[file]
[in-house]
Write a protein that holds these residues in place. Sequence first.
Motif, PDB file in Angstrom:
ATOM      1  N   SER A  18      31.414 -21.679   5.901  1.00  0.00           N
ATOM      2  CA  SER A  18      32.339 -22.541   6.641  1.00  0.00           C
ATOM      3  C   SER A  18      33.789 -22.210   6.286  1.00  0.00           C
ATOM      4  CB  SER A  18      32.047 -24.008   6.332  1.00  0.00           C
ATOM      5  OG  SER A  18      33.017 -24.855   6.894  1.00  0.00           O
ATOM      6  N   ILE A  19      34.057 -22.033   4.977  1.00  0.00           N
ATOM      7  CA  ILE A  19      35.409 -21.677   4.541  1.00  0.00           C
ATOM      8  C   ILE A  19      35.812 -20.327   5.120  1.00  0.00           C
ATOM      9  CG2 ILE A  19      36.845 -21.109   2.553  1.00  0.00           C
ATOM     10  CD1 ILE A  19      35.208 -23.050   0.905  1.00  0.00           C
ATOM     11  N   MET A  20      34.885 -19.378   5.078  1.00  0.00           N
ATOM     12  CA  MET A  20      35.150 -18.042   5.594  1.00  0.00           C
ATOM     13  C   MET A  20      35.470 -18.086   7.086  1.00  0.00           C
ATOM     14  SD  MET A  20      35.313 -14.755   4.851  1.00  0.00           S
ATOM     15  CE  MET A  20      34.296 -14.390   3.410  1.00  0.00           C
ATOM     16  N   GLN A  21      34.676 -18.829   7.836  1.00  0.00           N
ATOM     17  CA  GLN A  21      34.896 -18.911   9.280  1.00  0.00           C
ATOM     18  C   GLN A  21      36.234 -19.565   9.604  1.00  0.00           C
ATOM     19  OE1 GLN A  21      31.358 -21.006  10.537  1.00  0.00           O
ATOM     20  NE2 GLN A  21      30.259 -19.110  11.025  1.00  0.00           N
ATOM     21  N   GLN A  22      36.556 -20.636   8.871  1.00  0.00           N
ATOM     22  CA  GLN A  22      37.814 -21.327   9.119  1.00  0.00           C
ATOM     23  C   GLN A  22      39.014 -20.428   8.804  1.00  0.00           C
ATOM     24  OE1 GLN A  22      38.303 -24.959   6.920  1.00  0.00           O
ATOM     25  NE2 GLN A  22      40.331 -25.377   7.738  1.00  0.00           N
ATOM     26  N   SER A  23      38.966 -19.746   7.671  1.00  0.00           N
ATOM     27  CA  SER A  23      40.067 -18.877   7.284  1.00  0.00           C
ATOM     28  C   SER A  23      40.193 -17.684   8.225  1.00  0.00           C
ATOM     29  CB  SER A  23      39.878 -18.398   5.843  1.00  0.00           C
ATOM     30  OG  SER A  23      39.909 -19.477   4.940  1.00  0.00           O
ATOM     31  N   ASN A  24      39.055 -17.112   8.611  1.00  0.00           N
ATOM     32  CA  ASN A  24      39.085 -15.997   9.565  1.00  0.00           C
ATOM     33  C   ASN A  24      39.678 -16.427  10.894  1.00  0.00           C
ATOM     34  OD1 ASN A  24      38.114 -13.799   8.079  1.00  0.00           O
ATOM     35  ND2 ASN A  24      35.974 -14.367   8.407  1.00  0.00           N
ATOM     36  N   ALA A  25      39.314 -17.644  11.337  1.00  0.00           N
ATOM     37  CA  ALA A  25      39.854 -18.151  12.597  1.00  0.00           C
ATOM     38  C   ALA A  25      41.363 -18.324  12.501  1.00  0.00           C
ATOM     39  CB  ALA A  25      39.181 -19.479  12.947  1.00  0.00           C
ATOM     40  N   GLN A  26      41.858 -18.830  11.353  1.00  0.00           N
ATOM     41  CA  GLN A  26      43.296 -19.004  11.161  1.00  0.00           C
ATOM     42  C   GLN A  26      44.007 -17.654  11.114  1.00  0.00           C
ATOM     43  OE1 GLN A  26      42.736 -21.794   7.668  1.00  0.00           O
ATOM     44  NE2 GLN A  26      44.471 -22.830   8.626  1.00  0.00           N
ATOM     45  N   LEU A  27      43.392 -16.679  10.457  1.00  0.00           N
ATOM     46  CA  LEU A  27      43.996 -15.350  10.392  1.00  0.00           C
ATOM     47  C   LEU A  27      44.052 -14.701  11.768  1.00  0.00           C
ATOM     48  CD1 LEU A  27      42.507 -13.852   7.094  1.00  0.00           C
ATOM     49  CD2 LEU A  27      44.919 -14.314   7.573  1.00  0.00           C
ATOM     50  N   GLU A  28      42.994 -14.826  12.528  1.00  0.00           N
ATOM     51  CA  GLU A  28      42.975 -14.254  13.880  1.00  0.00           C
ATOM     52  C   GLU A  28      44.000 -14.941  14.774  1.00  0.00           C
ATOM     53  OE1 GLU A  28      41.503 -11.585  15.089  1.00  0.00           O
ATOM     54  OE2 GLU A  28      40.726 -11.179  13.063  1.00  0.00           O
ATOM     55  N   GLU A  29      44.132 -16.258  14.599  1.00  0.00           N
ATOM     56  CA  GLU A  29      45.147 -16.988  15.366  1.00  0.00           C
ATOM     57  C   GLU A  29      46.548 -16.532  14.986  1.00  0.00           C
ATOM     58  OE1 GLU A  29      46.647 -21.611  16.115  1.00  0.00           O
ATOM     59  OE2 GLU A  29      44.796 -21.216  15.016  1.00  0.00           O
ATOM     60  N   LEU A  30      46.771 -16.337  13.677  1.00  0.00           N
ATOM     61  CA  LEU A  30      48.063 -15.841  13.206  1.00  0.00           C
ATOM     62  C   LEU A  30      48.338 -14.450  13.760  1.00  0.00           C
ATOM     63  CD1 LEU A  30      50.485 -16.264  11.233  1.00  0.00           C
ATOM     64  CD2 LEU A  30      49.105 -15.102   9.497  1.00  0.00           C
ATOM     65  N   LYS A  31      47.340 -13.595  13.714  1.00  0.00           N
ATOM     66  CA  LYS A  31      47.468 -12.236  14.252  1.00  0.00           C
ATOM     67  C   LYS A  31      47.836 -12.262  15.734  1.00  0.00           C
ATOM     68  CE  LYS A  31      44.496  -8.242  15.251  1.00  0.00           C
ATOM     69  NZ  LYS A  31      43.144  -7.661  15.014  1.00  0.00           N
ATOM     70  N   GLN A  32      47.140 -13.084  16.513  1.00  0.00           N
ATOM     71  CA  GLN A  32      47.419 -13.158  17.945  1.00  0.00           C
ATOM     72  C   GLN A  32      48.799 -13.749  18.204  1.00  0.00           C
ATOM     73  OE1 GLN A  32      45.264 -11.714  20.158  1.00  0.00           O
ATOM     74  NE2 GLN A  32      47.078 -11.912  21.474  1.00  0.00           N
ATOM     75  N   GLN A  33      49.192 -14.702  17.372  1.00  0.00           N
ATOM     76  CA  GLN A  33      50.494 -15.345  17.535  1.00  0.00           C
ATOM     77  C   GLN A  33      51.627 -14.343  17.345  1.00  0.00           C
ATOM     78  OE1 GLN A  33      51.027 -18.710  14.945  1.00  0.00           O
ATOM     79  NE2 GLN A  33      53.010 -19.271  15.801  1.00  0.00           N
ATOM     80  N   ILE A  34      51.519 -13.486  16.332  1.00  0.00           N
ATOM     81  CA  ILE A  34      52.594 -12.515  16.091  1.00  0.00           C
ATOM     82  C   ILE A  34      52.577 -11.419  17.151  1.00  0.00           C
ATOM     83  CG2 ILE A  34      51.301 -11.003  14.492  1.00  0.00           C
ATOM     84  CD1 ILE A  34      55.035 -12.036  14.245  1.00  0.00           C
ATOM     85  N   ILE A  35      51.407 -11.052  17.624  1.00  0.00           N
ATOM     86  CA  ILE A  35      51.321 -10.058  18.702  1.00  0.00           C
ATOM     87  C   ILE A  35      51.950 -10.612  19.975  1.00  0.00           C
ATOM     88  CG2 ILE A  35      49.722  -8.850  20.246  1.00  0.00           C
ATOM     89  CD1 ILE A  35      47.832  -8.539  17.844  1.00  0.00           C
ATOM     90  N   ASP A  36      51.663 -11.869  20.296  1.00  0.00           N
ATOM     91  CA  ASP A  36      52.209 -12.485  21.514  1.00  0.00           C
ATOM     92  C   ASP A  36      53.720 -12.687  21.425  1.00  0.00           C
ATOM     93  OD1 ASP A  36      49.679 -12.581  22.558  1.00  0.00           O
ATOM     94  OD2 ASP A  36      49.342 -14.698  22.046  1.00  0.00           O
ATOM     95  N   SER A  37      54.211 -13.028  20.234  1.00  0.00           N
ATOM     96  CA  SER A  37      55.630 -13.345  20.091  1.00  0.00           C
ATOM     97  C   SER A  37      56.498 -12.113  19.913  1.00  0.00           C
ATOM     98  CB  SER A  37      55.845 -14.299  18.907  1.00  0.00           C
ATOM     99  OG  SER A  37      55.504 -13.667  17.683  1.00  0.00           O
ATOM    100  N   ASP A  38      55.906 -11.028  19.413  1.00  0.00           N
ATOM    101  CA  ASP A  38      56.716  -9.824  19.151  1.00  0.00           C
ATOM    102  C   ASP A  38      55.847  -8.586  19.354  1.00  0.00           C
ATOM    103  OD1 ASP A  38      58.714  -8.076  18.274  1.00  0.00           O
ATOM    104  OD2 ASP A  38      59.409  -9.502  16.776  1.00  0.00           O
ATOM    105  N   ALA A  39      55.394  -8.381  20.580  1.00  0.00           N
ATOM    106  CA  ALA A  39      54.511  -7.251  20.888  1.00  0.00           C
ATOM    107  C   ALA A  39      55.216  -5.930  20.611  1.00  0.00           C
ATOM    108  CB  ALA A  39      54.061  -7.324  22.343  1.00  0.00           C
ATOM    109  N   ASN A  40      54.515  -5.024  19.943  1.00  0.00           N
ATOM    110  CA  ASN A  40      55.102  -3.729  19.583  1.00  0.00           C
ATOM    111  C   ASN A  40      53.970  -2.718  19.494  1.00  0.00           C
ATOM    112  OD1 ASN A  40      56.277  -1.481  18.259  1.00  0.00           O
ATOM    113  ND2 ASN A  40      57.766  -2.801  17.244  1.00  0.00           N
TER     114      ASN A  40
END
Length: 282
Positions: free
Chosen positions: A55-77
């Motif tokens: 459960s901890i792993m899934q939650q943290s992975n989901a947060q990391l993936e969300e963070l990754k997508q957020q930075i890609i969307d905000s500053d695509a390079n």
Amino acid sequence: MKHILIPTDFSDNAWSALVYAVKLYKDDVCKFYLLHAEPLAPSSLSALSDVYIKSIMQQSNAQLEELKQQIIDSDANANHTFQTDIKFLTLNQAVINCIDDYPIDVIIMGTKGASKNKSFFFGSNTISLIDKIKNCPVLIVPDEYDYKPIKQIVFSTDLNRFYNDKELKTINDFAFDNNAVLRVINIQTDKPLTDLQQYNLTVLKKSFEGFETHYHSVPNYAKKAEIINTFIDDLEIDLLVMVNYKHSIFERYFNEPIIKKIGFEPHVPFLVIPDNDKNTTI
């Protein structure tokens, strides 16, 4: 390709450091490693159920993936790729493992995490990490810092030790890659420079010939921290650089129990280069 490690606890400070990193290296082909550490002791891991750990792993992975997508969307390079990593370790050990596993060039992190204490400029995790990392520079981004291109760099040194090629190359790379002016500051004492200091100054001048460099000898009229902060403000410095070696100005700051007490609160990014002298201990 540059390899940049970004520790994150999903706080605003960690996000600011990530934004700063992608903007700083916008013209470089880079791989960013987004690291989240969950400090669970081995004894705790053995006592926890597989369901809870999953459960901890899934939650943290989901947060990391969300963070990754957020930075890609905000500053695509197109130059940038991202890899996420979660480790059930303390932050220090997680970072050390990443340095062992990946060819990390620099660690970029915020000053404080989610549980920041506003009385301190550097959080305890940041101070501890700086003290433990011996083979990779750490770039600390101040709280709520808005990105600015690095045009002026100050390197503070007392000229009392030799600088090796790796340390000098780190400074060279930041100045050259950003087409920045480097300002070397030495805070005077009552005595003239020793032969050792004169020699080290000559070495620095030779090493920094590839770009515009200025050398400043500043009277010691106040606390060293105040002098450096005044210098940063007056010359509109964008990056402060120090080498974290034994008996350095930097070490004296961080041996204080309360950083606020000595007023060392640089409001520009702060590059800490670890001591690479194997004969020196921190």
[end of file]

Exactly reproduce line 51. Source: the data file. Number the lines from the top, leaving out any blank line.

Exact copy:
ATOM     48  CD1 LEU A  27      42.507 -13.852   7.094  1.00  0.00           C